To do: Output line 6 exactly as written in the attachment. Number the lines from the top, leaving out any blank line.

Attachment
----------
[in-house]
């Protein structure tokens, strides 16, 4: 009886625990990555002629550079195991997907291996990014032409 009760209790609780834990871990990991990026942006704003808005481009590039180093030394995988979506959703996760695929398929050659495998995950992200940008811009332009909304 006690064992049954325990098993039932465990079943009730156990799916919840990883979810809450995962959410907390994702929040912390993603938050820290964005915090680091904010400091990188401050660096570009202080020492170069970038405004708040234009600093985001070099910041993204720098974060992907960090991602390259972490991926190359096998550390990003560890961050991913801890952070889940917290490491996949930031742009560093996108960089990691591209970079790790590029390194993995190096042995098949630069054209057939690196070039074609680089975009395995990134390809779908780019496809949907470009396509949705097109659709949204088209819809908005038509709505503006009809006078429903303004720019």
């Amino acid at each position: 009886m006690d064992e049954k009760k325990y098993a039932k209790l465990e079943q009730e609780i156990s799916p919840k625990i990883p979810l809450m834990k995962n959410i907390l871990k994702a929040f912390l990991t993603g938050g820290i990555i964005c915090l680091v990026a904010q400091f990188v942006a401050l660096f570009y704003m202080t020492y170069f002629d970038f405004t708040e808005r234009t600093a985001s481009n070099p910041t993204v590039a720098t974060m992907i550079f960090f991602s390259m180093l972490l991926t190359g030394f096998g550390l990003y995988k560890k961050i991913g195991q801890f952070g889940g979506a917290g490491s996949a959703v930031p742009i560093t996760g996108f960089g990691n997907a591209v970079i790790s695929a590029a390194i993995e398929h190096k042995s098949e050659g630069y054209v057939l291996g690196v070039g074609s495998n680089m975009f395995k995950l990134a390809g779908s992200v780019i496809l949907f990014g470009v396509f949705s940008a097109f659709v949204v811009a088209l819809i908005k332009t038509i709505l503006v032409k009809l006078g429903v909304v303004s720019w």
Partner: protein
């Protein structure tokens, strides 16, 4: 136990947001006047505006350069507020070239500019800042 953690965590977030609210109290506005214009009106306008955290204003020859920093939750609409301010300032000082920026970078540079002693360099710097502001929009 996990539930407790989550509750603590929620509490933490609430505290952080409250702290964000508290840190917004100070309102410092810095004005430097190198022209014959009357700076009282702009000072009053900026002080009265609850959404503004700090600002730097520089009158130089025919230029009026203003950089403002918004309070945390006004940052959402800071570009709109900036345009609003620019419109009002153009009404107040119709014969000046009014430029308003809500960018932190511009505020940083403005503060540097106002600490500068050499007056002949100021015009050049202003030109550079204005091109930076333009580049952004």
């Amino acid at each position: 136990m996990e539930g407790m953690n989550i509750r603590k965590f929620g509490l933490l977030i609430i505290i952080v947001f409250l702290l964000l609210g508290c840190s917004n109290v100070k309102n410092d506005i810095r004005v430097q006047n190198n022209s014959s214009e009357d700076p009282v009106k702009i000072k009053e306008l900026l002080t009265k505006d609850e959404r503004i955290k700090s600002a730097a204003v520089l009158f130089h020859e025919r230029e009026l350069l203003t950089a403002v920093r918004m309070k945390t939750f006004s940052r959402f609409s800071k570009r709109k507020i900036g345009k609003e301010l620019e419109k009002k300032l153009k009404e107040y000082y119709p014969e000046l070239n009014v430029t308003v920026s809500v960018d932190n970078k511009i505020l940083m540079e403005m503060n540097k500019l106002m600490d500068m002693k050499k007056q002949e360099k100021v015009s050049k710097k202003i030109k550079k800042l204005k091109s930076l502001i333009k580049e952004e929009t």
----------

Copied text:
């Amino acid at each position: 136990m996990e539930g407790m953690n989550i509750r603590k965590f929620g509490l933490l977030i609430i505290i952080v947001f409250l702290l964000l609210g508290c840190s917004n109290v100070k309102n410092d506005i810095r004005v430097q006047n190198n022209s014959s214009e009357d700076p009282v009106k702009i000072k009053e306008l900026l002080t009265k505006d609850e959404r503004i955290k700090s600002a730097a204003v520089l009158f130089h020859e025919r230029e009026l350069l203003t950089a403002v920093r918004m309070k945390t939750f006004s940052r959402f609409s800071k570009r709109k507020i900036g345009k609003e301010l620019e419109k009002k300032l153009k009404e107040y000082y119709p014969e000046l070239n009014v430029t308003v920026s809500v960018d932190n970078k511009i505020l940083m540079e403005m503060n540097k500019l106002m600490d500068m002693k050499k007056q002949e360099k100021v015009s050049k710097k202003i030109k550079k800042l204005k091109s930076l502001i333009k580049e952004e929009t």